Recent clinical trials have confirmed the value of lowered dietary cholesterol intake on the incidence of atherosclerotic heart disease. Esterification is considered an essential step in the overall absorption of cholesterol in the intestine. There is considerable evidence that this is catalyzed by cholesterol esterase. We have shown that depletion of intestinal cholesterol esterase, by specific immunoprecipitation or diversion of pancreatic juice or inactivation of the enzyme by deprivation of bile acid cofactors, markedly impairs cholesterol absorption. This occurs despite normal levels of intestinal ACAT activity. The principal objective of this project is to develop specific inhibitors of intestinal cholesterol esterase and to examine their influence on the activity of the enzyme and on cholesterol absorption. Studies on the nature of the catalytic site using the purified enzyme have confirmed the suitability of the system for development of enzyme-activated antagonists (suicide inhibitors). These will be of two main types: those in which the sterol molecule is replaced by a ligand which is activated when the ester linkage is cleaved, and those in which the fatty acid ligand is replaced by a poor 'leaving group', resulting in permanent acylation of the enzyme. Based on initial tests of potential inhibitors and the effectiveness of 2-halocyclohexanones, the halo-enol lactone system of Katzenellenbogen has been selected for further in-depth study. Substrate analogs will be synthesized in which the esterified ligand contains a latent haloketone or halohydrin function which is activated upon cleavage of the ester linkage by the enzyme. The inhibitory potenties of the synthetic analogs will be evaluated using purified intestinal cholesterol esterase and established enzyme assay procedures with C14-labelled cholesterol as substrate. The short-term physiological effectiveness will be tested by administration to lymph-fistula rats and measurement of changes in absorption of test doses of C14-cholesterol into lymph. Long-term effectiveness of the analogs will be evaluated in the cholesterol-fed rabbit model. Suicide inhibitors, by their nature, are chemically unreactive until activated by the target enzyme. They thus offer the dual advantages of low toxicity and high specificity. Since sterol esters must be cleaved to be absorbed, the analogs offer the additional pharmacological advantage that they will not enter the circulation and should be excreted unchanged.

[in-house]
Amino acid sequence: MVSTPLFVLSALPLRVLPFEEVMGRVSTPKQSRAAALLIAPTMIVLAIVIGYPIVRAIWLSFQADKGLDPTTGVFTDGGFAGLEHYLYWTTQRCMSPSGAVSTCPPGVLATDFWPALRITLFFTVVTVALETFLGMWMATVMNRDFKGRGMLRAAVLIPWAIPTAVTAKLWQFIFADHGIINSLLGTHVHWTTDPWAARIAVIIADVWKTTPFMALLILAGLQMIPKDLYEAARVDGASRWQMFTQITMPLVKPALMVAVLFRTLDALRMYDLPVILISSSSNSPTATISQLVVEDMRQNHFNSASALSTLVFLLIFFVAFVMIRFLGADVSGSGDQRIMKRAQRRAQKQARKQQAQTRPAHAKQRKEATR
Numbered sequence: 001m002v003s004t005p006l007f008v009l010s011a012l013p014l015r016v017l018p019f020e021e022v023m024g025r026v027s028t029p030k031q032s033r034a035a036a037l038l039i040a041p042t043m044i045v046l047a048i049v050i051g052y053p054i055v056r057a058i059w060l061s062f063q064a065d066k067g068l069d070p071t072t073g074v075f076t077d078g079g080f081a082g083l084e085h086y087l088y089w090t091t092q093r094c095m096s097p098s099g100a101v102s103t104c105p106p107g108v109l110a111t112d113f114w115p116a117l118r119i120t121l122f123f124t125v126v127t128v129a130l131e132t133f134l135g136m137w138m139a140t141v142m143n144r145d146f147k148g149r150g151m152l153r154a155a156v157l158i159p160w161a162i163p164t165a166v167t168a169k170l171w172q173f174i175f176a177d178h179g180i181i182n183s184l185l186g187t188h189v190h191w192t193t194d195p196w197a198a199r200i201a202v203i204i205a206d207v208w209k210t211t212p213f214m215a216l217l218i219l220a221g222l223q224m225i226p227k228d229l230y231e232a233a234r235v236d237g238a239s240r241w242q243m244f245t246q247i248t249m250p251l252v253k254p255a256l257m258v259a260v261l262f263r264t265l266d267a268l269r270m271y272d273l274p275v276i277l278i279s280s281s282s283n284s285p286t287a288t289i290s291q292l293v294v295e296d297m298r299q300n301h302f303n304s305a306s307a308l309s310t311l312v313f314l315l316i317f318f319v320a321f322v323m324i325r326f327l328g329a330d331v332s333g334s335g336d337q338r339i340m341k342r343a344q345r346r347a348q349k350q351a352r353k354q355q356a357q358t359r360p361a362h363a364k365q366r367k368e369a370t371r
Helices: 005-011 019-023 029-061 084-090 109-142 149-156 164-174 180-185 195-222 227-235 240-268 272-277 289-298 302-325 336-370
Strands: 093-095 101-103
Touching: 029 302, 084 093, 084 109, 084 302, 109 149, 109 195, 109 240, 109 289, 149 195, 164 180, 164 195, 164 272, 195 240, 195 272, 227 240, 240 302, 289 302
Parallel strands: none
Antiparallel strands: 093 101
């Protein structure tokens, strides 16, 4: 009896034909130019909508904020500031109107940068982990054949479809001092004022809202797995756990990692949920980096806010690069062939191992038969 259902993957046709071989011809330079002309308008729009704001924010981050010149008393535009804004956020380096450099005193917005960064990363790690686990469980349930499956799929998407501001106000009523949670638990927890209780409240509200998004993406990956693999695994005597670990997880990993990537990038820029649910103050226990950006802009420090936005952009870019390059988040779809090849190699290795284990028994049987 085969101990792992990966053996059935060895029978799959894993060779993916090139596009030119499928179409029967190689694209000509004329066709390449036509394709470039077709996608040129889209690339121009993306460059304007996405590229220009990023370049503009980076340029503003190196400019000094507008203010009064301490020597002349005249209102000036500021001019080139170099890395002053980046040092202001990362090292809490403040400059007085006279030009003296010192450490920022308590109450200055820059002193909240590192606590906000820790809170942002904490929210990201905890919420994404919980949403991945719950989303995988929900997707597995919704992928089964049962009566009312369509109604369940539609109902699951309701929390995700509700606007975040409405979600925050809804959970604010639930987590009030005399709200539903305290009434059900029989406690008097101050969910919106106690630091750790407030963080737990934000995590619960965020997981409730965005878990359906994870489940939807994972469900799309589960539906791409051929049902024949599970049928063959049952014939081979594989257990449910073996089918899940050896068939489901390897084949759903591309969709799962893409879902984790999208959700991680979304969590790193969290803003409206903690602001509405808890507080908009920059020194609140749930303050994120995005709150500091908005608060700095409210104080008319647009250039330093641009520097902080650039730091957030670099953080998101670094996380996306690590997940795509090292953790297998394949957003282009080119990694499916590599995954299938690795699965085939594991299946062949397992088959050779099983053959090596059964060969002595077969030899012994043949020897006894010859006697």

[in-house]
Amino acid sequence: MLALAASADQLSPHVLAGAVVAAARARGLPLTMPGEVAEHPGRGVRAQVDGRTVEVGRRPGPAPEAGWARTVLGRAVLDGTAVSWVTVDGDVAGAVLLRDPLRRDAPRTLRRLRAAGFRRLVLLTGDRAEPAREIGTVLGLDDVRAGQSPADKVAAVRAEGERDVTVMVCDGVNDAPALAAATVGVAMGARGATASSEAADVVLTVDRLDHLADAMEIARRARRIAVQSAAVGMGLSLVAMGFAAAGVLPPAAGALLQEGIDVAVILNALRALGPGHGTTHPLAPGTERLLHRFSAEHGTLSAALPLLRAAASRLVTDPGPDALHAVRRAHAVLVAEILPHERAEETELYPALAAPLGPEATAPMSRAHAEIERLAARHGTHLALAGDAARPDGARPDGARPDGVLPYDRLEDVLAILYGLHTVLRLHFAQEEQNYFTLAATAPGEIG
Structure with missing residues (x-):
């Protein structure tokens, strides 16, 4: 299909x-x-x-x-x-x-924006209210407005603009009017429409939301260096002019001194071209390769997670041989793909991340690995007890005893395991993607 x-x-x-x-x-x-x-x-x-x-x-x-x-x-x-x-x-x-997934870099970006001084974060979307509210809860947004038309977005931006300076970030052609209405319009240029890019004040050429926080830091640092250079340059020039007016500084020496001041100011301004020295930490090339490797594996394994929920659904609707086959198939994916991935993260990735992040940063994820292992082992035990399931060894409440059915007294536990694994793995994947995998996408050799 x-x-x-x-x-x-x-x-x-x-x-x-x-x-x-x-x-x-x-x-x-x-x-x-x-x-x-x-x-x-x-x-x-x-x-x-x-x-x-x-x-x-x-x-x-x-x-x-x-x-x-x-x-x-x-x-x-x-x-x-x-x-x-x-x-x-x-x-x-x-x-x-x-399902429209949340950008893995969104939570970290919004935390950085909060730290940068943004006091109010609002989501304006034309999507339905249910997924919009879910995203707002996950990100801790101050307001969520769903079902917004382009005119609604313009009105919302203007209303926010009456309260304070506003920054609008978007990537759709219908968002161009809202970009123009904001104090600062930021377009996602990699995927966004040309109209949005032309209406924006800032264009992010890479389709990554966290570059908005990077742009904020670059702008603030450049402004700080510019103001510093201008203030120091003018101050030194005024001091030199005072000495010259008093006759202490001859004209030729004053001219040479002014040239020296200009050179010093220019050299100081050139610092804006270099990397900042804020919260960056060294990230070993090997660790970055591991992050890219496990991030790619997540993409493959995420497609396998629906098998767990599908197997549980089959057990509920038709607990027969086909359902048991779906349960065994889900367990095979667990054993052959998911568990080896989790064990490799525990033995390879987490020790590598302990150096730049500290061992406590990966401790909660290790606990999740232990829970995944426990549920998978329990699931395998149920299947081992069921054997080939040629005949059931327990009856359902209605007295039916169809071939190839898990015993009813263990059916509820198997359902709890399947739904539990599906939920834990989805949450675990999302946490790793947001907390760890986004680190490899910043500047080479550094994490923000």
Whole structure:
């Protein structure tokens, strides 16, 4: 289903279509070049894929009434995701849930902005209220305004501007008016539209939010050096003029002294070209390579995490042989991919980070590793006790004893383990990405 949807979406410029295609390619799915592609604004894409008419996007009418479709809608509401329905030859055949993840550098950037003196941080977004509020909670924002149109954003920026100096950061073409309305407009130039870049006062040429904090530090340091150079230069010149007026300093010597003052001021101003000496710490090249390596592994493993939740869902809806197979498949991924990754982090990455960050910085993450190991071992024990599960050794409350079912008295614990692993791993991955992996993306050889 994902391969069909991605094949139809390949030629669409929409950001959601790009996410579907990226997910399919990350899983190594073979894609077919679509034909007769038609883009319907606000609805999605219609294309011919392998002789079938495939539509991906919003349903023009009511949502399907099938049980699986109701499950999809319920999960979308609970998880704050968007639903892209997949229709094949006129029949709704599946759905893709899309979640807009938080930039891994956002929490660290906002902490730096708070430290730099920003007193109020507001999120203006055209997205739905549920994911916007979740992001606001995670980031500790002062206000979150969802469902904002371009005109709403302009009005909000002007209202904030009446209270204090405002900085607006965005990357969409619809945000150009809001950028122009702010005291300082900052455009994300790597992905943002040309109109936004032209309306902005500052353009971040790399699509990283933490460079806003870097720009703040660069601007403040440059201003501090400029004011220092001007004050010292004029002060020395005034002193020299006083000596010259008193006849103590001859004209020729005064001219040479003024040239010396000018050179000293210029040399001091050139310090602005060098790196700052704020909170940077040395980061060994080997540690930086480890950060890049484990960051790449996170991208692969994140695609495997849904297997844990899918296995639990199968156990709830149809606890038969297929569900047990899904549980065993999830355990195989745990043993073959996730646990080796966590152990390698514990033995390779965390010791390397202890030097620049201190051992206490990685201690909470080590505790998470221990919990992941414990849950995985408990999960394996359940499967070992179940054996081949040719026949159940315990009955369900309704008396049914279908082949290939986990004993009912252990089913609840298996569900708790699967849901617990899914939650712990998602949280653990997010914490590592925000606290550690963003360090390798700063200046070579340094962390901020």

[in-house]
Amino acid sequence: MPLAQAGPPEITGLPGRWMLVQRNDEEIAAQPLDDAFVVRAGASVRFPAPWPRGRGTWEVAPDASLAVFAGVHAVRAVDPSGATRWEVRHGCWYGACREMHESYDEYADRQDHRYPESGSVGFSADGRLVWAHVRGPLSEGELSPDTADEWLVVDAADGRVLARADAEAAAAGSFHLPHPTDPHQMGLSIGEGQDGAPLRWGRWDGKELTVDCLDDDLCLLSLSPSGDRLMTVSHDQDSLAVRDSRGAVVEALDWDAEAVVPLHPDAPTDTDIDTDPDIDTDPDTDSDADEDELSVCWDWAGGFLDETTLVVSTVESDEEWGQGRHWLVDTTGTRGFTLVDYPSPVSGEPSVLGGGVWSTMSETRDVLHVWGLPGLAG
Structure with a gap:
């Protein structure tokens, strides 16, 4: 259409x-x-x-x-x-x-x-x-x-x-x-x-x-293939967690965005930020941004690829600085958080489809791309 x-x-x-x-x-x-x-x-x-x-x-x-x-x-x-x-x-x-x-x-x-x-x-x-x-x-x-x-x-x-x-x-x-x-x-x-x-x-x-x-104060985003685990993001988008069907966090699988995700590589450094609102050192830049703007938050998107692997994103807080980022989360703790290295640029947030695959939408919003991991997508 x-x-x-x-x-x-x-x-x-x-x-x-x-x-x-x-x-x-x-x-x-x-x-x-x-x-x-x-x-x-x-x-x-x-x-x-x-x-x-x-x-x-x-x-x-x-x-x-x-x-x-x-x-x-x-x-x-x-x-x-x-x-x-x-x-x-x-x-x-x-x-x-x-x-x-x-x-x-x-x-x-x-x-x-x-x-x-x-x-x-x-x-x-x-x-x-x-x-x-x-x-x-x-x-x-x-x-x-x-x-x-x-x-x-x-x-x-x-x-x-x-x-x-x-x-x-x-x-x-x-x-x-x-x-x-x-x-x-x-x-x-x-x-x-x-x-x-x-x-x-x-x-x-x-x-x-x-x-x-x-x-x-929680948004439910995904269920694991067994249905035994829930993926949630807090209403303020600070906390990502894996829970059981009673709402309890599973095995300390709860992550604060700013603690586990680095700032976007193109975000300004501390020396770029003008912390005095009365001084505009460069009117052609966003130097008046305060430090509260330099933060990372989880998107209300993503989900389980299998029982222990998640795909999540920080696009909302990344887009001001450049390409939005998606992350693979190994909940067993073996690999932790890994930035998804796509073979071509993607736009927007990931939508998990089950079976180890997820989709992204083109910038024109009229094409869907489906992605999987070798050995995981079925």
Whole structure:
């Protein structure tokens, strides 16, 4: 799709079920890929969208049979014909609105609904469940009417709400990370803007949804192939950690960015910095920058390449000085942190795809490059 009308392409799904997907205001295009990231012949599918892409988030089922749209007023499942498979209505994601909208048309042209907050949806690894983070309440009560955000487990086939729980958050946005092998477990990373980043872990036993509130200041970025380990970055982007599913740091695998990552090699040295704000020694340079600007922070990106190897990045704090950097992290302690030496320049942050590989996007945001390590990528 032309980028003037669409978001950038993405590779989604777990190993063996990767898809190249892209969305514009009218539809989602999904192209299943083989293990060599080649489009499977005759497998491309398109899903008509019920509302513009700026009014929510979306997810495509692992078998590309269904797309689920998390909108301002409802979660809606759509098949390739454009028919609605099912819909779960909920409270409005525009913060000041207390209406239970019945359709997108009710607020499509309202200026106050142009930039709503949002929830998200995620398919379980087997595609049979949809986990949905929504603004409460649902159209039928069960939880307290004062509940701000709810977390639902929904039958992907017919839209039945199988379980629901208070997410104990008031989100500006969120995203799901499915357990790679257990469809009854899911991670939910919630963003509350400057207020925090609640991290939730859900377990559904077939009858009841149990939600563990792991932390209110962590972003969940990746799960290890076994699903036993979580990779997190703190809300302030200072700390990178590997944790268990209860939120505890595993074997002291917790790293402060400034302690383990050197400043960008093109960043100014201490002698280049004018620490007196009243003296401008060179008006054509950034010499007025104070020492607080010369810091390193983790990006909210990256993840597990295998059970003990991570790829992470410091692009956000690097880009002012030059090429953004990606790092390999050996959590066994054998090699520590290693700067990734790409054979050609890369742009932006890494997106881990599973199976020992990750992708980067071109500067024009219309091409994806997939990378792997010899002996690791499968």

National Institute of Health (NIH)
National Heart, Lung, and Blood Institute (NHLBI)
Research Project (R01)
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Physiological Chemistry Study Section (PC)
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George Washington University
Schools of Medicine
United States
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